This award is made on funds from the Division of Materials Research in the Mathematical and Physical Sciences Directorate and the Civil, Mechanical, and Manufacturing Innovation Division in the Engineering Directorate.

This award provides participant support for the conference: 'International Symposium on Clusters and Nanostructures' to be held in Richmond, Virginia on the dates November 7-10, 2011. The symposium will focus on the roles clusters and nanostructures play in solving outstanding problems in clean and sustainable energy, environment, and health; three of the most important issues facing science and society. Many of the materials issues in renewable energies, environmental impacts of energy technologies as well as beneficial and toxicity issues of nanoparticles in health are intertwined. Addressing both fundamental and applied materials issues requires a multidisciplinary approach. The objective of the Richmond symposium is to provide such a forum by bringing researchers from physics, chemistry, materials science, and engineering fields to share their ideas and results, identify outstanding problems, and develop new collaborations.

Clean and sustainable energy will address challenges in production, storage, conversion, and efficiency of alternate energies and will cover solar, wind, bio, thermo-electric, and hydrogen. Environmental issues will deal with air- and water-pollution and conservation, environmental remediation and hydrocarbon processing. Topics in health will include therapeutic and diagnostic methods as well as health hazards attributed to nanoparticles. Cross-cutting topics such as reactions, catalysis, electronic, optical, and magnetic properties will also be covered.

In a single forum, this symposium will address important issues in energy, environment, and health and the manner in which they are intertwined. With no parallel sessions and with participants and speakers from academia, government laboratories and industry, the symposium will foster an interacting environment where new ideas can be brought into focus and pursued. The oral sessions will include invited talks as well as hot-topics to be selected from contributed abstracts. Participants can also present their research in two poster sessions.

Graduate students, postdoctoral fellows, and minorities will participate in the meeting. Invited talks will be made available through the conference website and papers presented at the symposium will be published either as conference proceedings or in an archival journal for wide dissemination.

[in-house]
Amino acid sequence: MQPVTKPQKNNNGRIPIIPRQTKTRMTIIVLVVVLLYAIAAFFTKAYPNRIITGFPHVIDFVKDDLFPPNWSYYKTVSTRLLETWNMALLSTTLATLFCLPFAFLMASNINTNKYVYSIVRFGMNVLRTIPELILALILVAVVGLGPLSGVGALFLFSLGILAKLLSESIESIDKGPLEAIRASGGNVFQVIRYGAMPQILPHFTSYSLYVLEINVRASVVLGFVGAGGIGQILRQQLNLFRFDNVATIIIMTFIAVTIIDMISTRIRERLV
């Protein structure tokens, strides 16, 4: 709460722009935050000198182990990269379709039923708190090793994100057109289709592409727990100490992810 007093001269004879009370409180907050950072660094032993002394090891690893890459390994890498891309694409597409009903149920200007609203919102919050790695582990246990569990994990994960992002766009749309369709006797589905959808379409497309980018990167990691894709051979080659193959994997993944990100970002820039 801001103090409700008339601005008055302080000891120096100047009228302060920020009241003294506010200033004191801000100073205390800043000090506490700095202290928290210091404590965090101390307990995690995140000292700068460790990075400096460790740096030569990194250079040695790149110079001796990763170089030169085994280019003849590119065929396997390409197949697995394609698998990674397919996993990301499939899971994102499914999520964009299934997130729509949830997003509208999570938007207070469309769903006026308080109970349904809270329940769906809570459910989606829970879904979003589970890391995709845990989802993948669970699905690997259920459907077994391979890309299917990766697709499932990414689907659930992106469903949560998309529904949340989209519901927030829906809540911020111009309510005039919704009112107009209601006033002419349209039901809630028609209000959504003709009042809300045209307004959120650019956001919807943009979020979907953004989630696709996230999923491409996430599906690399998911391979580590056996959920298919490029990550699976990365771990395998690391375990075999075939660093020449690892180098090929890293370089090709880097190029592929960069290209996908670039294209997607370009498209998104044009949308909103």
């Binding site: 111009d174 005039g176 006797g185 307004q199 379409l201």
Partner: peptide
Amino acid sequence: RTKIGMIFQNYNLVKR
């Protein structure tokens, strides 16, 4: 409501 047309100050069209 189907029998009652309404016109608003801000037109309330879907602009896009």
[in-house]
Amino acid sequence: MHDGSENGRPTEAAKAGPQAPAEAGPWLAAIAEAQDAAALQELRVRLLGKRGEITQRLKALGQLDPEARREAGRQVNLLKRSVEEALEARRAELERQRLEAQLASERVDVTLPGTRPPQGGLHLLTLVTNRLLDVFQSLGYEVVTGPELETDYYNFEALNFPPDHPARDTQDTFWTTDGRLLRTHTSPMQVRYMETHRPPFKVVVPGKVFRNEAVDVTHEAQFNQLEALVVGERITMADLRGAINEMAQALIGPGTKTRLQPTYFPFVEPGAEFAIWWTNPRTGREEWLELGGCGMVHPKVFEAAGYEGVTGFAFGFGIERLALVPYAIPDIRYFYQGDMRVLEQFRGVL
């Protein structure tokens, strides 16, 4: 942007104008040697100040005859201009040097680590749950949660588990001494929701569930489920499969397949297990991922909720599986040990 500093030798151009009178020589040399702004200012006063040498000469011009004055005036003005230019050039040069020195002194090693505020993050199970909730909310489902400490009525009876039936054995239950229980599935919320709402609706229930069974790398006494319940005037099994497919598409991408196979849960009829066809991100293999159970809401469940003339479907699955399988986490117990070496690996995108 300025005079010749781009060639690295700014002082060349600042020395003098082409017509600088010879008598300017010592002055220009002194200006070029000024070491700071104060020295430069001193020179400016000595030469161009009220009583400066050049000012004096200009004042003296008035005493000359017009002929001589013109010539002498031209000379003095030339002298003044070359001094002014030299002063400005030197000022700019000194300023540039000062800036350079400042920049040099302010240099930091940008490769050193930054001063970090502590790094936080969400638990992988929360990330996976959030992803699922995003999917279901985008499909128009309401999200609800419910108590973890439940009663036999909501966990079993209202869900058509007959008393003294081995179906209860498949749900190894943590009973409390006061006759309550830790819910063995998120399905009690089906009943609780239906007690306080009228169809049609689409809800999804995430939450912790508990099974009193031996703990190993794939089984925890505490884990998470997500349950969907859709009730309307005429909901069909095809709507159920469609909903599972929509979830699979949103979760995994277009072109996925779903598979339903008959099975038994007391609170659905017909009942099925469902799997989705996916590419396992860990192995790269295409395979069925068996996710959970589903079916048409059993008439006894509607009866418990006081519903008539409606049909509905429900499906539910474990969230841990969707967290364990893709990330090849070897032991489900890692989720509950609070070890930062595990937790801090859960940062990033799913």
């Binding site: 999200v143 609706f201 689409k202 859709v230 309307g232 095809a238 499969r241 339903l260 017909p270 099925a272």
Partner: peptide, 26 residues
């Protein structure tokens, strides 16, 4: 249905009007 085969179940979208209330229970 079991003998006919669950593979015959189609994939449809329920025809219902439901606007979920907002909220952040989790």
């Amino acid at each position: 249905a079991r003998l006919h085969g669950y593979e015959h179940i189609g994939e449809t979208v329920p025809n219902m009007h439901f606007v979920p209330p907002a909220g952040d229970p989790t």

Project Report

was held in Richmond, Virginia during November 7-10, 2011. The symposium focused on the roles clusters and nanostructures play in solving outstanding problems in clean and sustainable energy, environment, and health; three of the most important issues facing science and society. Many of the materials issues in renewable energies, environmental impacts of energy technologies as well as beneficial and toxicity issues of nanoparticles in health are intertwined. Realizing that both fundamental and applied materials issues require a multidisciplinary approach the symposium provided a forum by bringing researchers from physics, chemistry, materials science, and engineering fields to share their ideas and results, identify outstanding problems, and develop new collaborations. Clean and sustainable energy sessions addressed challenges in production, storage, conversion, and efficiency of renewable energies such as solar, wind, bio, thermo-electric, and hydrogen. Environmental issues dealt with air- and water-pollution and conservation, environmental remediation and hydrocarbon processing. Topics in health included therapeutic and diagnostic methods as well as health hazards attributed to nanoparticles. Cross-cutting topics such as reactions, catalysis, electronic, optical, and magnetic properties were also covered. The symposium attracted 155 participants from 26 countries in the world. It featured 39 invited speakers in 14 plenary sessions, in addition to one key-note session. Eighty-five contributed papers were presented in two poster sessions and 14 papers from this list were selected to be presented orally at the end of each session to highlight hot topics. Papers presented at the symposium were reviewed and published in the Journal of Nanoparticle Research so that these can reach a wide audience. The symposium was highly interactive with ample time allotted for discussions and making new collaborations. The participants’ response was that this was a high quality conference and covered topics at the cutting edge of science and technology. The symposium was endorsed by the American Physical Society, The Materials Research Society, SPIE, The Metallurgical Society, and the American Vacuum Society. The symposium was supported by external grants from the National Science Foundation and the Department of Energy as well as by internal grants from Virginia Commonwealth University (Offices of the President, Provost and Vice President of Academic Affairs, Vice President of Research, Vice Provost for Life Sciences, Dean of the College of Humanities and Sciences, and the Dean of the School of Engineering). The funding from NSF was used to support partial expenses of 12 invited speakers and 17 students and postdoctoral fellows.

Agency
National Science Foundation (NSF)
Institute
Division of Materials Research (DMR)
Type
Standard Grant (Standard)
Application #
1132290
Program Officer
Daryl W. Hess
Project Start
Project End
Budget Start
2011-09-01
Budget End
2012-08-31
Support Year
Fiscal Year
2011
Total Cost
$20,000
Indirect Cost
Name
Virginia Commonwealth University
Department
Type
DUNS #
City
Richmond
State
VA
Country
United States
Zip Code
23298